The Arctic treeline is the frontline of climate change, where the trees have been creeping towards the pole for fifty years already. These vast swathes of forests, which encircle the north of the globe in an almost unbroken green ring, comprise the world’s second largest biome.
Scientists are only just beginning to understand the astonishing significance of these northern forests for all life on Earth. Six tree species – Scots pine, birch, larch, spruce, poplar and rowan – form the central protagonists of Ben Rawlence’s story. In Scotland, northern Scandinavia, Siberia, Alaska, Canada and Greenland, he discovers what these trees and the people who live and work alongside them have to tell us about the past, present and future of our planet.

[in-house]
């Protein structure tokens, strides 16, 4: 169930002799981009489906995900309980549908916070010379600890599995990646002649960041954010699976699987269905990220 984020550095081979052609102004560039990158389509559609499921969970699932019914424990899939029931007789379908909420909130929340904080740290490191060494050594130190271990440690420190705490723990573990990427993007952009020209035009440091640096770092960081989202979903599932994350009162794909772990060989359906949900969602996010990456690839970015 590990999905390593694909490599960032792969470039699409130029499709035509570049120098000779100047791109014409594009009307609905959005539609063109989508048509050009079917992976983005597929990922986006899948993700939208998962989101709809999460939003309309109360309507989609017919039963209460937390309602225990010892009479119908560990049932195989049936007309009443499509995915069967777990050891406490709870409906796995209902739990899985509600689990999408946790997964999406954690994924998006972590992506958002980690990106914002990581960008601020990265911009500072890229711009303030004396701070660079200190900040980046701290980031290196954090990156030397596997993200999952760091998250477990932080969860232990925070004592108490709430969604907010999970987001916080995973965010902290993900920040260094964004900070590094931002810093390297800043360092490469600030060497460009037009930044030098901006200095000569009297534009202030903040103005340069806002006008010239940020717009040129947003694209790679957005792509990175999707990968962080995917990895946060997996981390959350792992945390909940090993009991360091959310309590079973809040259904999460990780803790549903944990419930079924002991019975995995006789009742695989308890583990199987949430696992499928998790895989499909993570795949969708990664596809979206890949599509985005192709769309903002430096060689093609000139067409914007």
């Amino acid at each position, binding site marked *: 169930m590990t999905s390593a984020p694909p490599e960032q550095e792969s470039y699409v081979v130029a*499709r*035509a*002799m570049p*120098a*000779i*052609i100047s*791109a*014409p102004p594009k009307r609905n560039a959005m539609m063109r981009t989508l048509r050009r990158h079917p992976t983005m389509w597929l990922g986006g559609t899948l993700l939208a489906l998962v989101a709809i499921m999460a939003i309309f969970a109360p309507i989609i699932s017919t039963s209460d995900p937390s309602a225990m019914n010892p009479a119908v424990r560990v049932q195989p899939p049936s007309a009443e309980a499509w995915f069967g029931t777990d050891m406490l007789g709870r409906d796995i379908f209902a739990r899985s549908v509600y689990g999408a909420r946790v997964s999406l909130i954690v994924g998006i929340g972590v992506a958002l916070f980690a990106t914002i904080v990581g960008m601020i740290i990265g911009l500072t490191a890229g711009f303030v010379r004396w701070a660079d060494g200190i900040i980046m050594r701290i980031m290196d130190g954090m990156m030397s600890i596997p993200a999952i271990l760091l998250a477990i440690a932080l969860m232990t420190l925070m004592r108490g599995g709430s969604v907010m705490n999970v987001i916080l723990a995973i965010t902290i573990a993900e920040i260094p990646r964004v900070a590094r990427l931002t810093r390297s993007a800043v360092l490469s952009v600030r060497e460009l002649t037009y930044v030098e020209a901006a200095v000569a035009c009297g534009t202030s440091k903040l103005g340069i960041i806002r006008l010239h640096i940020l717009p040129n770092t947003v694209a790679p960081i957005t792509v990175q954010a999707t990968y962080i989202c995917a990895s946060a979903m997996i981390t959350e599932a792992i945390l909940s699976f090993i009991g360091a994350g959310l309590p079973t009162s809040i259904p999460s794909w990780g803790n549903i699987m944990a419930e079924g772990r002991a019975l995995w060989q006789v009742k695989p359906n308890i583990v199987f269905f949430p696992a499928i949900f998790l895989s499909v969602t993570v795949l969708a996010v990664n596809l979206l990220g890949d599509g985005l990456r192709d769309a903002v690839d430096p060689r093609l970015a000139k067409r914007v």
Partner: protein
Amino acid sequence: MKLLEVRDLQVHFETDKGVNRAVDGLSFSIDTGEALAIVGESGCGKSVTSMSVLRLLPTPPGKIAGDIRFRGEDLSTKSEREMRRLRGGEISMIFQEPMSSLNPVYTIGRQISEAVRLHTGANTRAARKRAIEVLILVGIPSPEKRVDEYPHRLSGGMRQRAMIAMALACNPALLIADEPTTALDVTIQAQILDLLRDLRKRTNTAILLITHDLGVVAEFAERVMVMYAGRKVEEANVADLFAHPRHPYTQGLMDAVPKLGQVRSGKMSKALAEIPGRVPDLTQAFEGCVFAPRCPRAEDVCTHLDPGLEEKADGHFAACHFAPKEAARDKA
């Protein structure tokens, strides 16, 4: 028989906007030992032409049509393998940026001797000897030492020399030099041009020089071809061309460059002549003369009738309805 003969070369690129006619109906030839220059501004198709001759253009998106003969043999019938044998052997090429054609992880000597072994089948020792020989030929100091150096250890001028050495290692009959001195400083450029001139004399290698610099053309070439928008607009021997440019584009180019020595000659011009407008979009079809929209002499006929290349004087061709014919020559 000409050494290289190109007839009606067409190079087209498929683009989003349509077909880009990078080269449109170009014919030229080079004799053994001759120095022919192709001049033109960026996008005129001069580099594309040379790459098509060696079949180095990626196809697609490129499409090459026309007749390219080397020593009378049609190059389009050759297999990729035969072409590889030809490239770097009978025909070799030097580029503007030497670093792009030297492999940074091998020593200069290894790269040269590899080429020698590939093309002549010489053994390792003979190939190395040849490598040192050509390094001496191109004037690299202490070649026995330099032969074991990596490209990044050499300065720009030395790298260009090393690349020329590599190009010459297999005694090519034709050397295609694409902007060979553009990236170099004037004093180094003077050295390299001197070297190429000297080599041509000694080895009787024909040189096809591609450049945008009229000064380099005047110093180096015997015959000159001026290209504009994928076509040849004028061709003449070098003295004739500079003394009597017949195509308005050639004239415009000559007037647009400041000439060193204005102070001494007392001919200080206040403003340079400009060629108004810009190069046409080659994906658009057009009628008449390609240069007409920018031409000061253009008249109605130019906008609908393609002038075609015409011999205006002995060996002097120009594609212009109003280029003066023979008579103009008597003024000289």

At the treeline, Rawlence witnesses the accelerating impact of climate change and the devastating legacies of colonialism and capitalism. But he also finds reasons for hope. Humans are creatures of the forest; we have always evolved with trees. The Treeline asks us where our co-evolution might take us next.